Issue: October 2011
October 01, 2011
1 min read

Targeted STI intervention strategies urged for youth with HIV

Setse RW. Pediatr Infect Dis J. 2011;doi:10.1097/INF.0b013e3182326779.

Issue: October 2011
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Risk reduction interventions that specifically target adolescents with HIV are needed to reduce sexually transmitted infections, according to a study published online this month.

Researchers from Johns Hopkins University School of Medicine and the CDC reported on data from the Longitudinal Epidemiologic Study to Gain Insight into HIV/AIDS in Children and Youth (LEGACY). The study compiled data on sexual behaviors from medical records of both perinatally and behaviorally infected youth with HIV.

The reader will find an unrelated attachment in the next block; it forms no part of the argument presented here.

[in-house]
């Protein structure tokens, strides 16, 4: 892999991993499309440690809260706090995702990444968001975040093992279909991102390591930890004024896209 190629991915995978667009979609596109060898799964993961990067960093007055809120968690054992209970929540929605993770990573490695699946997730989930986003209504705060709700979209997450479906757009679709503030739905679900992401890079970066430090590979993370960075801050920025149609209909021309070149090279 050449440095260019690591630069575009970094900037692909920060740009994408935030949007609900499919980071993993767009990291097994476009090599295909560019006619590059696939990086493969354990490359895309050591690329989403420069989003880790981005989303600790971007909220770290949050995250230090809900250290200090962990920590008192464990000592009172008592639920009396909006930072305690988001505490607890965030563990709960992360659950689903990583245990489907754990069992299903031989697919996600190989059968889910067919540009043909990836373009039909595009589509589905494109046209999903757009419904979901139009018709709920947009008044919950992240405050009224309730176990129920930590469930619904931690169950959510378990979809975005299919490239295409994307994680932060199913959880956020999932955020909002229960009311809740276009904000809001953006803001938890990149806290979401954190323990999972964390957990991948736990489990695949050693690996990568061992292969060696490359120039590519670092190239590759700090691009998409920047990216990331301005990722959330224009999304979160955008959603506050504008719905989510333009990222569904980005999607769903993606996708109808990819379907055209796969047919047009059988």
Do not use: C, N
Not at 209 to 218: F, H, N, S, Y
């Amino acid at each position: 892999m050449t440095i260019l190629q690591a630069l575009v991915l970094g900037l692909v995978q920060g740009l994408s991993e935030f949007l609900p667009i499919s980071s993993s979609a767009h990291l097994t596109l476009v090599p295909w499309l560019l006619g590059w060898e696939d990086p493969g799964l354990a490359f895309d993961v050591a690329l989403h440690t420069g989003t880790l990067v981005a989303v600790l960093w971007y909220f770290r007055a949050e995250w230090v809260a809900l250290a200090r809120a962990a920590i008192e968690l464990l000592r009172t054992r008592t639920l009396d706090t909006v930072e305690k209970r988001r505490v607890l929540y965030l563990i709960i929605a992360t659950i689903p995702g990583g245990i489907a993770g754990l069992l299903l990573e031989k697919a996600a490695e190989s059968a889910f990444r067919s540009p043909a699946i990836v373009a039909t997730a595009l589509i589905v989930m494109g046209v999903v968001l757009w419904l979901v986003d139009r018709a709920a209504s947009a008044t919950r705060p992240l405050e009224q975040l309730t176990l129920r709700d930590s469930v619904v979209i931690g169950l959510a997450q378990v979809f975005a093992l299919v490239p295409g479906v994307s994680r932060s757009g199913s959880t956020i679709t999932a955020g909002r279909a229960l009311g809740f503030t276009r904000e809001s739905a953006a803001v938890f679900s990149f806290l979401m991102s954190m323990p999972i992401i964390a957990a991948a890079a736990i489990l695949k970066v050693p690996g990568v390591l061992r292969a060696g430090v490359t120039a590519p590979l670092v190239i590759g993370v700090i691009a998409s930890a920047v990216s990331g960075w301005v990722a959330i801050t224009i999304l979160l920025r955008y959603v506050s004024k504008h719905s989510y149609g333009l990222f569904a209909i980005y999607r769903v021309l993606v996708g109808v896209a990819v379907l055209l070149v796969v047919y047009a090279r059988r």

According to the researchers, 195 of 571 (34%) youths who contracted HIV perinatally and 162 of 181 (89%) who contracted HIV through behaviors were currently sexually active. They said although most of the sexually active youth in the study reported ever using condoms, there were certain factors that made these adolescents more likely to be sexually active; specifically, having a boyfriend or girlfriend, injection drug use and being older in age.

They also said adolescents who were perinatally infected were less likely than behaviorally exposed youths to be sexually active, but these youth are often developmentally delayed and often reach sexual debut later than their peers.

The 10% prevalence of STIs in the study’s cohort is much lower than the prevalence of similar STI rates reported among the National Health and Nutrition Examination Survey. However, because these youth often are frequently seeing medical personnel, they are a population that can be easily reached with safe-sex messages, according to the researchers.

“Continued research is needed to identify effective behavioral interventions to decrease likelihood of secondary sexual transmission among both behaviorally and perinatally HIV-infected youth,” they wrote.

Disclosure: The researchers report no relevant financial disclosures.

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